The Consolidation of Plaintiffs: The Effects of Number of Plaintiffs on Jurors' Liability Decisions, Damage Awards, and Cognitive Processing of Evidence
Journal of Applied Psychology
In this study, 135 jury-eligible adults were randomly assigned to 1 of 5 aggregations of plaintiffs involving 1, 2, 4, 6, and 10 claimants. Jurors were shown a 5- to 6-hr trial involving claims of differential repetitive stress injuries by each plaintiff. Measures concerning liability, damages, and various cognitive and attributional factors were collected. The defendant was more likely to be judged as liable as the number of plaintiffs increased. Awards reached a zenith at 4 plaintiffs and then began to decrease. Increases in the number of plaintiffs who were aggregated degraded information processing. Limits of juror competence in complex trials and juror aids were discussed.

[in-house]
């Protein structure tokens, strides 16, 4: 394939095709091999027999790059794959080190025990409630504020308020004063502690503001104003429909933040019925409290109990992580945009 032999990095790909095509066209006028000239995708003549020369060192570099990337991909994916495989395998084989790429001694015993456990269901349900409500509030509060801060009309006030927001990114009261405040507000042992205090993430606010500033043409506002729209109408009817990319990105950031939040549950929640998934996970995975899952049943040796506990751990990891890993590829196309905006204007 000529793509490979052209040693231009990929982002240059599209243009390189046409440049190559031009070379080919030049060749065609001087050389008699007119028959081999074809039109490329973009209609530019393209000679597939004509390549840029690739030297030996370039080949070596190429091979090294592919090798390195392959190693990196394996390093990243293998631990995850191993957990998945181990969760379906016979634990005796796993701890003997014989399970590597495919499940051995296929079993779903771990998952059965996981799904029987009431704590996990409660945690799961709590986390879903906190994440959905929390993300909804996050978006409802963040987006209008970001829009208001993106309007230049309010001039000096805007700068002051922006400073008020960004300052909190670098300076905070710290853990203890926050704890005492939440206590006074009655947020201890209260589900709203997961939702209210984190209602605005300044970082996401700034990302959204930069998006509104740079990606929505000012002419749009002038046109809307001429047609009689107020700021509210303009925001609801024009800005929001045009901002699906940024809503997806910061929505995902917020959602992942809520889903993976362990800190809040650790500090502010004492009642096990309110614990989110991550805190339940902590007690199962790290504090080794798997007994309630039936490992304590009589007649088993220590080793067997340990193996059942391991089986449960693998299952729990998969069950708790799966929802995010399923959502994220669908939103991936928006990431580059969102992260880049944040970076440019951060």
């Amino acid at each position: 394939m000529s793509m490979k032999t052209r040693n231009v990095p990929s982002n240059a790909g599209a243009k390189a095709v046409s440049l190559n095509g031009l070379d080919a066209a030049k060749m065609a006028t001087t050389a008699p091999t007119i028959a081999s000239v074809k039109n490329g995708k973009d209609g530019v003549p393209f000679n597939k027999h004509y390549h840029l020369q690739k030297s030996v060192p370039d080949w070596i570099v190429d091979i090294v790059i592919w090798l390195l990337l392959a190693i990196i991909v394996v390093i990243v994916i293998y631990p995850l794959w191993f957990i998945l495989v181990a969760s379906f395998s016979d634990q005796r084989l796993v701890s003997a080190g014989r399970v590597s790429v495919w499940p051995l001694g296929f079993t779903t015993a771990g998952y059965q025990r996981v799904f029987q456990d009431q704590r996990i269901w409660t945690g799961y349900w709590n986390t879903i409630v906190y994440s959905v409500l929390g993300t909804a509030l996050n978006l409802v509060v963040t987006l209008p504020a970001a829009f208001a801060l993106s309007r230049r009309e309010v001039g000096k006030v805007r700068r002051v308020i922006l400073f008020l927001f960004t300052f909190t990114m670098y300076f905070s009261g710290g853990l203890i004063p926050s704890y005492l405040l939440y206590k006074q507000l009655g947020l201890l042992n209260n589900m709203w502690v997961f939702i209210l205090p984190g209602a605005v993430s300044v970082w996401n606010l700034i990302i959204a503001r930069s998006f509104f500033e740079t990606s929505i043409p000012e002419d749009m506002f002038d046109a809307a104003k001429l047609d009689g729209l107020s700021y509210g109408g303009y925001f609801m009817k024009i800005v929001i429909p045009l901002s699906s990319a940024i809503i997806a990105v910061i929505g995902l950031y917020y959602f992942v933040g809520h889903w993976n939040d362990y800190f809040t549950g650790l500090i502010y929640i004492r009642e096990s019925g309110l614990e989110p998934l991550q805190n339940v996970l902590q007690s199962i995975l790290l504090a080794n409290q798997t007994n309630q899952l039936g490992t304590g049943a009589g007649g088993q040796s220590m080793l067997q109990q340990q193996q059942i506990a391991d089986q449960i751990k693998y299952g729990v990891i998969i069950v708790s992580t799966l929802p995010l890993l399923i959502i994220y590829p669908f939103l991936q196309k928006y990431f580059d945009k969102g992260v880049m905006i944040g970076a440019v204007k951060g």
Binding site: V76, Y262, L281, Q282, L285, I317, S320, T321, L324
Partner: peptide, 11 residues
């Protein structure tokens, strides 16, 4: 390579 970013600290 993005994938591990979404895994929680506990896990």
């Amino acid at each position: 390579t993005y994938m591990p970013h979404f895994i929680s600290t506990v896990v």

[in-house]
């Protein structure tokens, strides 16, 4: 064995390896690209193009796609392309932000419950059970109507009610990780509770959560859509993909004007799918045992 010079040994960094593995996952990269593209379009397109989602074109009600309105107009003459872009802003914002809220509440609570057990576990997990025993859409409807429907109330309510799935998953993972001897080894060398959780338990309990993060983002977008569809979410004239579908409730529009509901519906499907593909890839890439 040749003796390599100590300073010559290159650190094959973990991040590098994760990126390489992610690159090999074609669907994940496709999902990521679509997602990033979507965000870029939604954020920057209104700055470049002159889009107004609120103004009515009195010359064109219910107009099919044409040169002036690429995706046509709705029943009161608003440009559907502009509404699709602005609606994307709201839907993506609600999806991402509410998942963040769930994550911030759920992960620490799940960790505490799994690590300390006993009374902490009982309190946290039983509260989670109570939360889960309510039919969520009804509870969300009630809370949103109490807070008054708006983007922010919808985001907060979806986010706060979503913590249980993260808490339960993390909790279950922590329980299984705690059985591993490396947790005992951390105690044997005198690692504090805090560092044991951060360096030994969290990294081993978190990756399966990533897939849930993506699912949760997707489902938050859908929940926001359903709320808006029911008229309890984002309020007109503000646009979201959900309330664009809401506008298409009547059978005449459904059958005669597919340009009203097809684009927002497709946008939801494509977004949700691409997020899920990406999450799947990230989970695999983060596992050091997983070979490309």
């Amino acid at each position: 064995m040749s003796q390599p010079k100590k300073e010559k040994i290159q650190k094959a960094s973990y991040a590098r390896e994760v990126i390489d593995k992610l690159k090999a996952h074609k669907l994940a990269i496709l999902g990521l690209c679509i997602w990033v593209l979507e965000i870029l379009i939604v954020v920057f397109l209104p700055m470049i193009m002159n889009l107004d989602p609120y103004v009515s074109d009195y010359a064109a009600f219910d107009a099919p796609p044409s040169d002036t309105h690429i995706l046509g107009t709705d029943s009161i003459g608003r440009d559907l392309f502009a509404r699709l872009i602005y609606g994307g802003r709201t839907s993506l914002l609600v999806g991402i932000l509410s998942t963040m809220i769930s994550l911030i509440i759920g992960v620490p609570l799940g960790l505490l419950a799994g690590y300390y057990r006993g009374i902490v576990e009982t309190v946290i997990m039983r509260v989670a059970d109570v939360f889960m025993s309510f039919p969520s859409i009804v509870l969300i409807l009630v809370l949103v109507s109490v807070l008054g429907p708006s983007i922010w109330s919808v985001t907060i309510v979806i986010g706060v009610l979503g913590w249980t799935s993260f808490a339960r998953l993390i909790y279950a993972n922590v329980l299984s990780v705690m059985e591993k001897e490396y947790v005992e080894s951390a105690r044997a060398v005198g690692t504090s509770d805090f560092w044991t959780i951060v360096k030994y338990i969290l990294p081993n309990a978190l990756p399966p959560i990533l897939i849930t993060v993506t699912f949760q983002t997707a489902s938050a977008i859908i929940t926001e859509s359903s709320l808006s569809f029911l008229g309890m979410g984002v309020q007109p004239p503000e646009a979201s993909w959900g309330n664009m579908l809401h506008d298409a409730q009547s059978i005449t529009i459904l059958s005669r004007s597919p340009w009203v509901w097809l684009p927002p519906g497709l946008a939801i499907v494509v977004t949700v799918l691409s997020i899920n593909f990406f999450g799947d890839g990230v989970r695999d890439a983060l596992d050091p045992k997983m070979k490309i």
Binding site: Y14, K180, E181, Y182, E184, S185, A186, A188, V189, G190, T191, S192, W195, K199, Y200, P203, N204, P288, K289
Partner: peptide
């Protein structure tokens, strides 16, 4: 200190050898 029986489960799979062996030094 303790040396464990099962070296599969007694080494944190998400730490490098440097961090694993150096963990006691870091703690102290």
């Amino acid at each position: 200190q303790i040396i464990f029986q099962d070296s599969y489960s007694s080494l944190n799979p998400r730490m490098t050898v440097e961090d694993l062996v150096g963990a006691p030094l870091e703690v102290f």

number of plaintiffs, liability decisions & damage awards & cognitive processing of evidence, 20–67-yr-old jurors
Irwin Horowitz and Kenneth S. Bordens (2000).
The Consolidation of Plaintiffs: The Effects of Number of Plaintiffs on Jurors' Liability Decisions, Damage Awards, and Cognitive Processing of Evidence. Journal of Applied Psychology.85 (6), 909-918.